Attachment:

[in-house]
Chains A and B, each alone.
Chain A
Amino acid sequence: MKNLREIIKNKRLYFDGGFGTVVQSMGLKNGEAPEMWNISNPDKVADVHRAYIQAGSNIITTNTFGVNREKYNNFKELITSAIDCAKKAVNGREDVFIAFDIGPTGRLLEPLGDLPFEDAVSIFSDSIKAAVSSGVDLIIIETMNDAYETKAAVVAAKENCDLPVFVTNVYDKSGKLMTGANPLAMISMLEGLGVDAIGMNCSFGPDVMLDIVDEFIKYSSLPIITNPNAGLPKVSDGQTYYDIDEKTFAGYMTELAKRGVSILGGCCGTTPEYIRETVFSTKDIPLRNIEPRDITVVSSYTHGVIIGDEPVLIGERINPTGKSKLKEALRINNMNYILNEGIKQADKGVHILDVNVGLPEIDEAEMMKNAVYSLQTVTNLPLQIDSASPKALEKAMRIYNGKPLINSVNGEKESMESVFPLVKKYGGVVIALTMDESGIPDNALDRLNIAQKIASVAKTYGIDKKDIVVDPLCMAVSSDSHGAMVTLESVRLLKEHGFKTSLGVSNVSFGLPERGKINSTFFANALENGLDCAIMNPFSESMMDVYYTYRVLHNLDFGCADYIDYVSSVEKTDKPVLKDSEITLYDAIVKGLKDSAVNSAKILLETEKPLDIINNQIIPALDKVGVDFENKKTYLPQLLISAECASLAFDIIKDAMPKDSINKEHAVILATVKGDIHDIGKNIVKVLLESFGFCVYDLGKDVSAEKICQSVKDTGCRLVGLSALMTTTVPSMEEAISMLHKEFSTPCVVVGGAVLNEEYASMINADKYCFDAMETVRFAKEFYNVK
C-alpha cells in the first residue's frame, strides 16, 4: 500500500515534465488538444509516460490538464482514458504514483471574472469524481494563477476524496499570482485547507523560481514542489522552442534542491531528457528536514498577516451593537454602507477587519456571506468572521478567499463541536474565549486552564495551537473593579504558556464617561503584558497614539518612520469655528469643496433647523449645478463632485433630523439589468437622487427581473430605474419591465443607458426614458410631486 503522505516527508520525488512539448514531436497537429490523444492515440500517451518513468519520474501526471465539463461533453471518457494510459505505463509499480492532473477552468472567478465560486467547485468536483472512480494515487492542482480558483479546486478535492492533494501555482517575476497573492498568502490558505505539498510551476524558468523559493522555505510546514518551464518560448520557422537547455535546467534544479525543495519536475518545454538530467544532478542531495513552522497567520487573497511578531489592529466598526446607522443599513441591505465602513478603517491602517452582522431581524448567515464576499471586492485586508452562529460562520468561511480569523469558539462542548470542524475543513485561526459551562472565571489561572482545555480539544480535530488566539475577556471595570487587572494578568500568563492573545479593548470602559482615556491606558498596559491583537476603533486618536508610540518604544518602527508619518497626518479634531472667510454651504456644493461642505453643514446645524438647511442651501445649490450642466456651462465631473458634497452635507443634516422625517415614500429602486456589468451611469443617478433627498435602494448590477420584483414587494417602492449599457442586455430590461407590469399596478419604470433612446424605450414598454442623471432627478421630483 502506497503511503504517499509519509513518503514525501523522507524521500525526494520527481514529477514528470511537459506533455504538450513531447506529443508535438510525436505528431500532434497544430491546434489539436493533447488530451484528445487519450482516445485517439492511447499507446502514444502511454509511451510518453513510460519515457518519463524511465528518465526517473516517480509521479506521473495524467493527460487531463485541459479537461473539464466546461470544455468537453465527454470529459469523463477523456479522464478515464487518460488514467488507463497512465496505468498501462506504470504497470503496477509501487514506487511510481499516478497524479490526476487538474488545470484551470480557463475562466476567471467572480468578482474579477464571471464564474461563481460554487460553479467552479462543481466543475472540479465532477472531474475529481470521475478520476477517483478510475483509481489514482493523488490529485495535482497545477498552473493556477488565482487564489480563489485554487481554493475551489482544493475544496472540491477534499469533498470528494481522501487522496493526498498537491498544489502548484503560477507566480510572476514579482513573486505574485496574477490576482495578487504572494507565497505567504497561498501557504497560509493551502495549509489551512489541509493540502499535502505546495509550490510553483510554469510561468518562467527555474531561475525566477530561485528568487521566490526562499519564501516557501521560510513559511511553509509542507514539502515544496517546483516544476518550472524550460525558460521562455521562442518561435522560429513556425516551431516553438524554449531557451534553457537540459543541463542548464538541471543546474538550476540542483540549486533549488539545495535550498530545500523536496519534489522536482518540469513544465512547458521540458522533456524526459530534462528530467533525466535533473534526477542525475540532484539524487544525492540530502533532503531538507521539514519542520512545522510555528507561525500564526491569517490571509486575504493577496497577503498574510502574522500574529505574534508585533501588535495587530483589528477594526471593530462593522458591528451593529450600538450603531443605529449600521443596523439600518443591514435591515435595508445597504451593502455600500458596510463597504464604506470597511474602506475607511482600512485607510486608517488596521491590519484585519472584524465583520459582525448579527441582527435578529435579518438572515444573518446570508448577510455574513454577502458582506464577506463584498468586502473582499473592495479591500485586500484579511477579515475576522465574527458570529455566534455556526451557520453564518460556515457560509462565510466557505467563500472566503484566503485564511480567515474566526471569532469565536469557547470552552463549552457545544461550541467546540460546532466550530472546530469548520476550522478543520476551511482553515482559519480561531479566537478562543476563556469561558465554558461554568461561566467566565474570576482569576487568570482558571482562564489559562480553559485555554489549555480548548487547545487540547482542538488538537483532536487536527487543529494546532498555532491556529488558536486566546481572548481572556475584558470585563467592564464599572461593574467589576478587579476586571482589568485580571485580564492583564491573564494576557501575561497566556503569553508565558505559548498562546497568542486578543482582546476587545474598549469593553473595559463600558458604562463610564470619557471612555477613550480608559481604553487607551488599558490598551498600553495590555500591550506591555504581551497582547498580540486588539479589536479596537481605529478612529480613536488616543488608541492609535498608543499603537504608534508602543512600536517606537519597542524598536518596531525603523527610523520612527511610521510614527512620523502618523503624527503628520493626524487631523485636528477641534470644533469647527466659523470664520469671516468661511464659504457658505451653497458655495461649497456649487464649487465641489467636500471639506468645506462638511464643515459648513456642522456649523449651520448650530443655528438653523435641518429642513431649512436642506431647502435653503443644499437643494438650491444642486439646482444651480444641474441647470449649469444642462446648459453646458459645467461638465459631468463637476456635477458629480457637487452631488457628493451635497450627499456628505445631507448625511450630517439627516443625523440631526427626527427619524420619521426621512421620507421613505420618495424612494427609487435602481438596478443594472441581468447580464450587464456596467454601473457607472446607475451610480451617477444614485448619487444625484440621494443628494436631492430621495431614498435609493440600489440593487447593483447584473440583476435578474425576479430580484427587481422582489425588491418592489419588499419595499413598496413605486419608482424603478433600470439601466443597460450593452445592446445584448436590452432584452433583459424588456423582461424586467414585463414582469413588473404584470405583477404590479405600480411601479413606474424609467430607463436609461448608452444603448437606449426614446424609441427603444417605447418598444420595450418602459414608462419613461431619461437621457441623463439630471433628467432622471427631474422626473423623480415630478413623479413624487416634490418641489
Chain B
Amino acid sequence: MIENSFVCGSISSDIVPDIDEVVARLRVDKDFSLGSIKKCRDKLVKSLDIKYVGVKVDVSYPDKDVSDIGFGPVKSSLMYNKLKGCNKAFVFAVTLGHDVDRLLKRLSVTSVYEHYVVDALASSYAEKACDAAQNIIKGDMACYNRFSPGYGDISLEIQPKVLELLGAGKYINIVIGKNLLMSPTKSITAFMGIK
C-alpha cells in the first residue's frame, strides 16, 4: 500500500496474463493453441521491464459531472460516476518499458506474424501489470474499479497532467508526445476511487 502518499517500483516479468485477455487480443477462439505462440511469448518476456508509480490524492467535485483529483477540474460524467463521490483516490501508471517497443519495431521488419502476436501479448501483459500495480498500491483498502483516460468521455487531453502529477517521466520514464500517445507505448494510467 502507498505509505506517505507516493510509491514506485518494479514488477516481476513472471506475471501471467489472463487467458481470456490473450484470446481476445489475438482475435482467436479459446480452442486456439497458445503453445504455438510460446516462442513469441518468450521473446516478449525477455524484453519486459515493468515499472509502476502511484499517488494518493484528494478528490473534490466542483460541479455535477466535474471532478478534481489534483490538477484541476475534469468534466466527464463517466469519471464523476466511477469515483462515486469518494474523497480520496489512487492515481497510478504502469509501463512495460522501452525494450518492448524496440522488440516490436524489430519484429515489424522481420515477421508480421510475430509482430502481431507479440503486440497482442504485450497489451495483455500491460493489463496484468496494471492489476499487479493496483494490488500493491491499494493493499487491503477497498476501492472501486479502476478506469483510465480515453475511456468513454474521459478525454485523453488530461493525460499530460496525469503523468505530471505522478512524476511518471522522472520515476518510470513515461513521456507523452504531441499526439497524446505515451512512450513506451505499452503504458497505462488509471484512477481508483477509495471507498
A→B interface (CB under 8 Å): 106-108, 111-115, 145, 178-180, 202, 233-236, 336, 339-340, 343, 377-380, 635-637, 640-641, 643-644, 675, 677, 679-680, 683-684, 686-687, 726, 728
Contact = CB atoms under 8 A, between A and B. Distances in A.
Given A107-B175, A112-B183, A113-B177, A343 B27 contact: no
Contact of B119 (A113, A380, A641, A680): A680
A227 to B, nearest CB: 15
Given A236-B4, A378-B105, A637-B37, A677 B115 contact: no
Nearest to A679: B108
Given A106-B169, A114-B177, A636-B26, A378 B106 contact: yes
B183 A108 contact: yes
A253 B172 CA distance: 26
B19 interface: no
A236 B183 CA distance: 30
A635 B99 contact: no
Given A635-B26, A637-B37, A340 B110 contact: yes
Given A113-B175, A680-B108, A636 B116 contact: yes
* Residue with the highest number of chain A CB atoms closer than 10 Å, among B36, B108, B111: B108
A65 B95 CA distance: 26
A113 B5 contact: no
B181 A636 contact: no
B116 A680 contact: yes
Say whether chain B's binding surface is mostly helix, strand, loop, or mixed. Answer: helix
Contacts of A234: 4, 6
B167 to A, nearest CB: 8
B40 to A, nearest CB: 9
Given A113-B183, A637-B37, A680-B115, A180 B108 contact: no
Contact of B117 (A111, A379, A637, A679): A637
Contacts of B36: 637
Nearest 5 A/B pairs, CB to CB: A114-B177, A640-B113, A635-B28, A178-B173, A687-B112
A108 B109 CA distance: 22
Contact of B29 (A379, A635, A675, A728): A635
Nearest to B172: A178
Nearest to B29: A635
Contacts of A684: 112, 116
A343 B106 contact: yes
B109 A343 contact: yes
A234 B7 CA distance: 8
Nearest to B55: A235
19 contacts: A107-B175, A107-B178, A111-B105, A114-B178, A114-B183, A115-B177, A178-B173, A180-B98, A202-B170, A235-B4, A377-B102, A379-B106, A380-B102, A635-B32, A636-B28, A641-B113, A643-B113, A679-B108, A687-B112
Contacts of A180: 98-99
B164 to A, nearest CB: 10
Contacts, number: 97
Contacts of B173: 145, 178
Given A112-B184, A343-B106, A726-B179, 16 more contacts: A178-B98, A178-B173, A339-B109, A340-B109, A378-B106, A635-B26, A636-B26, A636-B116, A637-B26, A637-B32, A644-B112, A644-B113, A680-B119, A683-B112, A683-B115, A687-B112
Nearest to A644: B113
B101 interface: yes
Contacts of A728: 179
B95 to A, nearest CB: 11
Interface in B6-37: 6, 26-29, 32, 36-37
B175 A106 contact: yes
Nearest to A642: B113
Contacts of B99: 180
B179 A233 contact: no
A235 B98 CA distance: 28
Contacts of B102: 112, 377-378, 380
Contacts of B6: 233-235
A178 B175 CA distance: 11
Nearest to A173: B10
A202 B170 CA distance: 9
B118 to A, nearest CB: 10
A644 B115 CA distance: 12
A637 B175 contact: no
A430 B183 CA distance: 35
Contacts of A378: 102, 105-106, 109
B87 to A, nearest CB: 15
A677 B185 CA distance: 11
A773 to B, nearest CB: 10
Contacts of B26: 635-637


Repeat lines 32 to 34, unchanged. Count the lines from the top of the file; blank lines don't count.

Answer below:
B40 to A, nearest CB: 9
Given A113-B183, A637-B37, A680-B115, A180 B108 contact: no
Contact of B117 (A111, A379, A637, A679): A637